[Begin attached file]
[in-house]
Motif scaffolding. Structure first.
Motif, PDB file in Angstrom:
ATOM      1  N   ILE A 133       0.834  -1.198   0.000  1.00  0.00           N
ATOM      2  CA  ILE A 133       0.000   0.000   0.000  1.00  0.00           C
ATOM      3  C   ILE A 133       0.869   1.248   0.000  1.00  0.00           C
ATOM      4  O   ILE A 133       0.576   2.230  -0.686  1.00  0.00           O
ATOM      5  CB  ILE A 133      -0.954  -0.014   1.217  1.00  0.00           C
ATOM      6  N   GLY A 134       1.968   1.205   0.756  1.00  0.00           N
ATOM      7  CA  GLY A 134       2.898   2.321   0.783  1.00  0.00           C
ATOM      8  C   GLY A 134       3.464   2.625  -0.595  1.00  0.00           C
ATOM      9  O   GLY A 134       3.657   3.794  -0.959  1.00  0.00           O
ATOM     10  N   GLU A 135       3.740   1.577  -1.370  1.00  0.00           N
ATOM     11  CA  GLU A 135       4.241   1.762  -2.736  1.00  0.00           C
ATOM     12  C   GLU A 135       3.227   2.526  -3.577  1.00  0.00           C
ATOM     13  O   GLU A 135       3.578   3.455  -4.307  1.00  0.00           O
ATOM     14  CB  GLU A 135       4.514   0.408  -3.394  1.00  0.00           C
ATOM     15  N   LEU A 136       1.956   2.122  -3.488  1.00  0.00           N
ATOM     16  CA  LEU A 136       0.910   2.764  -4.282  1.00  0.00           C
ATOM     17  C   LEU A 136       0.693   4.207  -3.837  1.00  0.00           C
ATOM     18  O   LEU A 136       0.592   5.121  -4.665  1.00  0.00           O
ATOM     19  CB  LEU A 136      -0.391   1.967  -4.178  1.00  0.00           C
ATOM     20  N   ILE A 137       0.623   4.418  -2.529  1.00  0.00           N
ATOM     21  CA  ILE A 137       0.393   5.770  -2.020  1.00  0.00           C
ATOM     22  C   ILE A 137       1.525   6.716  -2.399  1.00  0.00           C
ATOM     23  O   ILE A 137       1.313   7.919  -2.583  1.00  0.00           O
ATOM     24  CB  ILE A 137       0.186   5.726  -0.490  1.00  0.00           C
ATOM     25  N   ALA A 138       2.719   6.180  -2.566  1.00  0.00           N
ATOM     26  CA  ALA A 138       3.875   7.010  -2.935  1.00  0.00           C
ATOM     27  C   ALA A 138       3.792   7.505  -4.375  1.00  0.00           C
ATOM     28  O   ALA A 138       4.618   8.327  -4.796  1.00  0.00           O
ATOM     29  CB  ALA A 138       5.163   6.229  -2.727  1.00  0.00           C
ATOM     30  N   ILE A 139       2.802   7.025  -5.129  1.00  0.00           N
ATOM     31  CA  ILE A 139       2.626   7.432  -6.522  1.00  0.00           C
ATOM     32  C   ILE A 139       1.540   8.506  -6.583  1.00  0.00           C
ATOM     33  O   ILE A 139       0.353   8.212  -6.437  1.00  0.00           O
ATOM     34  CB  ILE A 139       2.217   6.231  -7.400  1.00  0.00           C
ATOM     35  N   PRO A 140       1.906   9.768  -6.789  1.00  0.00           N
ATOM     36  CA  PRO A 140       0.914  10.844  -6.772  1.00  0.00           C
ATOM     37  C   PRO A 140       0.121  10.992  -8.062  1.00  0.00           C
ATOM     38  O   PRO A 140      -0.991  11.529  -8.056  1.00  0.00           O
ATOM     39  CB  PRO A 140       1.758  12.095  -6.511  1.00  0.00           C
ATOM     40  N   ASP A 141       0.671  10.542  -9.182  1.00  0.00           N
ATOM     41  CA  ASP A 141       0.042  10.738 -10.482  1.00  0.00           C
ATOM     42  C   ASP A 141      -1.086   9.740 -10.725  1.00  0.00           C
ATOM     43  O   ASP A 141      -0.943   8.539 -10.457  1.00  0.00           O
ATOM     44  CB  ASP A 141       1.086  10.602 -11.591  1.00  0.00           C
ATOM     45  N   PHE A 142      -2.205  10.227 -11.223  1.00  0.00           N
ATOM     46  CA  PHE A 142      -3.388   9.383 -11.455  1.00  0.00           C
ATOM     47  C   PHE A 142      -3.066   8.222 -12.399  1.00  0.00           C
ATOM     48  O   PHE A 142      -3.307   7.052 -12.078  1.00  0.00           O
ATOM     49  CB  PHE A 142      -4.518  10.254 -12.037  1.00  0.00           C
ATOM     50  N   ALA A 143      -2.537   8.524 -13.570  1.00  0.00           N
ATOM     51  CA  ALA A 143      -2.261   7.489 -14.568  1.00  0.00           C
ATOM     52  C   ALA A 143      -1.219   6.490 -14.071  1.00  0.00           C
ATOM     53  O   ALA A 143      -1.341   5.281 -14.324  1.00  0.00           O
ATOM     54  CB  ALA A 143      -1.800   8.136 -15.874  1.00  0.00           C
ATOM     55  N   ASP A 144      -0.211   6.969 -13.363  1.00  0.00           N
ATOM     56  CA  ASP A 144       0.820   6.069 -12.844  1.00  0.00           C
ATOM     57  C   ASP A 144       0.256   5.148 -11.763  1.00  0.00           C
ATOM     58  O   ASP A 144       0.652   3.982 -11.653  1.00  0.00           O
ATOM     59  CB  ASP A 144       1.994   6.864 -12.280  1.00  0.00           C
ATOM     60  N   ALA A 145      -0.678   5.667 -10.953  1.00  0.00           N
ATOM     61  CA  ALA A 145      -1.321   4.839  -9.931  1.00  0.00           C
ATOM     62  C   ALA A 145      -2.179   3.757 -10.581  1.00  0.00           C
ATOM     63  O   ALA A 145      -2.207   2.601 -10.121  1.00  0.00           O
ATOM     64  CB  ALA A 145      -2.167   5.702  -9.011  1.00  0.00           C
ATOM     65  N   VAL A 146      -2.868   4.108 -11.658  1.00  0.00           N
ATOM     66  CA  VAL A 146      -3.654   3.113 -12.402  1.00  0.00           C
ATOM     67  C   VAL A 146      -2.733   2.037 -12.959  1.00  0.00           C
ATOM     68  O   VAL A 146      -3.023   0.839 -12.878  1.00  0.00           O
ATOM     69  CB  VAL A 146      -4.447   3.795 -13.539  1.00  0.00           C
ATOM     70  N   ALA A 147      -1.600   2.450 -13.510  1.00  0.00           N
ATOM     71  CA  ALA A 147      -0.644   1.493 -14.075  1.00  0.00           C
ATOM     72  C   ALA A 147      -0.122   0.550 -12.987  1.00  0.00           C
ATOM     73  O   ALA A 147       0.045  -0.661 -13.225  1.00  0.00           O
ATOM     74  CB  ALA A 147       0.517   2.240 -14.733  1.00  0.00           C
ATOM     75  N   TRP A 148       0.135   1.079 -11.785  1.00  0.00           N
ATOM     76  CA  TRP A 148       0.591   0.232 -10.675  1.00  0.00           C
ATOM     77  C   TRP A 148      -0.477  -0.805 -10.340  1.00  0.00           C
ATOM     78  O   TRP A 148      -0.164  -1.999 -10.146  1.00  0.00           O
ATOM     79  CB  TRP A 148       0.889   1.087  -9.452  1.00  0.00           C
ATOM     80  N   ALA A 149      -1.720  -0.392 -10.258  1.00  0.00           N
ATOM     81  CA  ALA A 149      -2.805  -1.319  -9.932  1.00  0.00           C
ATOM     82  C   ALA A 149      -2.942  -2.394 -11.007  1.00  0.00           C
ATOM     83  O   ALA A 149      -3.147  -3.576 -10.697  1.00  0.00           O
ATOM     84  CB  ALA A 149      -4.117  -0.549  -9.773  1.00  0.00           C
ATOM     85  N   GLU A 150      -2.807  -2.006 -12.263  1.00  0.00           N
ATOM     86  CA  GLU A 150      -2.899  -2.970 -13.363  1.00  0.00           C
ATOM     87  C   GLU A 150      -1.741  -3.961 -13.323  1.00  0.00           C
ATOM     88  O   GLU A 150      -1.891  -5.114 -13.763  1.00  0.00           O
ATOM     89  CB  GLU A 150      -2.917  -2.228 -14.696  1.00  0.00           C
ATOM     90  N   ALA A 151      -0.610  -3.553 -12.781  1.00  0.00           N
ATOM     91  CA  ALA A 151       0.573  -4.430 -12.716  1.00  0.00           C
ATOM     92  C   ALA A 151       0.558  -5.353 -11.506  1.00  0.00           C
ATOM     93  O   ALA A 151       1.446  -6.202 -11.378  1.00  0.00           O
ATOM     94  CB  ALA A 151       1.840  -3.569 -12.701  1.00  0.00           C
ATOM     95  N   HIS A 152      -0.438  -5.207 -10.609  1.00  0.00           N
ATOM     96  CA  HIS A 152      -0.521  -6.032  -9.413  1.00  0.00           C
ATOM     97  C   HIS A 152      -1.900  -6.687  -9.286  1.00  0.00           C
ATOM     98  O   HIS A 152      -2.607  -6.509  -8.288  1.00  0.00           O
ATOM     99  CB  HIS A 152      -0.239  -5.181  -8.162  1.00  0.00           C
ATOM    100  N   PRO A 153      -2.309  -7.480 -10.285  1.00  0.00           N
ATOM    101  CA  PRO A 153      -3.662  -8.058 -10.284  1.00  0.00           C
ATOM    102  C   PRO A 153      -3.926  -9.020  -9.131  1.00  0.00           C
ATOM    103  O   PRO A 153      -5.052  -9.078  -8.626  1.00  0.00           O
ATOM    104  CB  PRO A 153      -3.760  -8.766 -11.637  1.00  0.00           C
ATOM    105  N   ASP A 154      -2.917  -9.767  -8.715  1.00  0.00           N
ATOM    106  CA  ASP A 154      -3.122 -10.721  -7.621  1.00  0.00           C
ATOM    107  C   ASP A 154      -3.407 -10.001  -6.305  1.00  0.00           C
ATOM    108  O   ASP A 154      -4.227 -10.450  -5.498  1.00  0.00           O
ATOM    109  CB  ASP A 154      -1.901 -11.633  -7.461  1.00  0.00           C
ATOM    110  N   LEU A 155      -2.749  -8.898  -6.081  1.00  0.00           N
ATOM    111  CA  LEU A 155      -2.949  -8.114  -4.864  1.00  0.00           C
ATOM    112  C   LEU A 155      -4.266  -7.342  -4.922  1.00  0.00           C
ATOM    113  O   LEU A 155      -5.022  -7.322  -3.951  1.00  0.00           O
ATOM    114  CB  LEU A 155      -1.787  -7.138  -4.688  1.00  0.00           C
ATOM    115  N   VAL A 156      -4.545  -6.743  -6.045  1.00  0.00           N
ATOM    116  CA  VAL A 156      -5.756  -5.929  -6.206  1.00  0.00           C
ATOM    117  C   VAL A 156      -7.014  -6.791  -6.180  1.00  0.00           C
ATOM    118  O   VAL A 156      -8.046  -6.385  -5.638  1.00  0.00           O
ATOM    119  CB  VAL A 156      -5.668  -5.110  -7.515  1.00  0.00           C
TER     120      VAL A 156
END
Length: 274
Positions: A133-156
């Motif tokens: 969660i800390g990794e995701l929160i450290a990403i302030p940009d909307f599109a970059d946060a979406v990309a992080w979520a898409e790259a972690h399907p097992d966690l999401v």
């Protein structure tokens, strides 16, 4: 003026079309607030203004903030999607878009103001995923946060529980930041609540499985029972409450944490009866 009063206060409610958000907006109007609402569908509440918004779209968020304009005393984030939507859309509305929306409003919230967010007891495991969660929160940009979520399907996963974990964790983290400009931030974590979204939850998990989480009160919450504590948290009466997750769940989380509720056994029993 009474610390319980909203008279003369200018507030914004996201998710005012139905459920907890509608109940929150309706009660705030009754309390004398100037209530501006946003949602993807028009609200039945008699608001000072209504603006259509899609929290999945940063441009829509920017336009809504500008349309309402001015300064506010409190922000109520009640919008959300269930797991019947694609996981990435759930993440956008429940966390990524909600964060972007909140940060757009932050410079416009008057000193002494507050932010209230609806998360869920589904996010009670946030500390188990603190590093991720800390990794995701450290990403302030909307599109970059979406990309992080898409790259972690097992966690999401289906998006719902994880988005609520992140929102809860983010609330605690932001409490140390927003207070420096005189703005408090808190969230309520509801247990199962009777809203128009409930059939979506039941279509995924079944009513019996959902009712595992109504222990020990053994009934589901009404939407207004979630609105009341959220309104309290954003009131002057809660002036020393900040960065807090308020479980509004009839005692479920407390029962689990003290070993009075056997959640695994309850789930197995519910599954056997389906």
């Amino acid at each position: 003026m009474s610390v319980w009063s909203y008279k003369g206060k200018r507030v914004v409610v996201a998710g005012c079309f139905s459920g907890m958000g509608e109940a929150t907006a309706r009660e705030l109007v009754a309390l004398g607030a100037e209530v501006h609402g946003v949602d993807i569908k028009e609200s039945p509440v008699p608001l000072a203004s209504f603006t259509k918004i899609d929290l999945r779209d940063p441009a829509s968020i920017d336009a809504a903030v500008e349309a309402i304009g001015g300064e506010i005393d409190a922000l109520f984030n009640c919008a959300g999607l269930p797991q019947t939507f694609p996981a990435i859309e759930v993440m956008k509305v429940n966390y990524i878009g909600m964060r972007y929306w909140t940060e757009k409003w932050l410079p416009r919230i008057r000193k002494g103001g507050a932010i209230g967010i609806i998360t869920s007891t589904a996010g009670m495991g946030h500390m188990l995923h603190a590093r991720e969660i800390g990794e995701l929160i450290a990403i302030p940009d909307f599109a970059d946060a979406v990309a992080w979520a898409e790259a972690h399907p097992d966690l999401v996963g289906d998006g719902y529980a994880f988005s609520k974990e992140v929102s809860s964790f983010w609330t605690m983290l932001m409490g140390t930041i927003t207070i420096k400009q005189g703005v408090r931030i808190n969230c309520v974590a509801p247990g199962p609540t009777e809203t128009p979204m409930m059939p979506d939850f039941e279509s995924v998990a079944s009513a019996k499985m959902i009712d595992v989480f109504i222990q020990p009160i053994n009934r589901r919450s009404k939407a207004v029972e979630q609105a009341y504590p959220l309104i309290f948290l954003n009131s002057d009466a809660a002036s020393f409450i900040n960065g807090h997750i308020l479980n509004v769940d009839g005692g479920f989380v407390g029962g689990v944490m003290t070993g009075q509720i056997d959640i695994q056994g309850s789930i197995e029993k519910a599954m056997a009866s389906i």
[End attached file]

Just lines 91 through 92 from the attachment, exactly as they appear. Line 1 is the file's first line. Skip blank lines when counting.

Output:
ATOM     88  O   GLU A 150      -1.891  -5.114 -13.763  1.00  0.00           O
ATOM     89  CB  GLU A 150      -2.917  -2.228 -14.696  1.00  0.00           C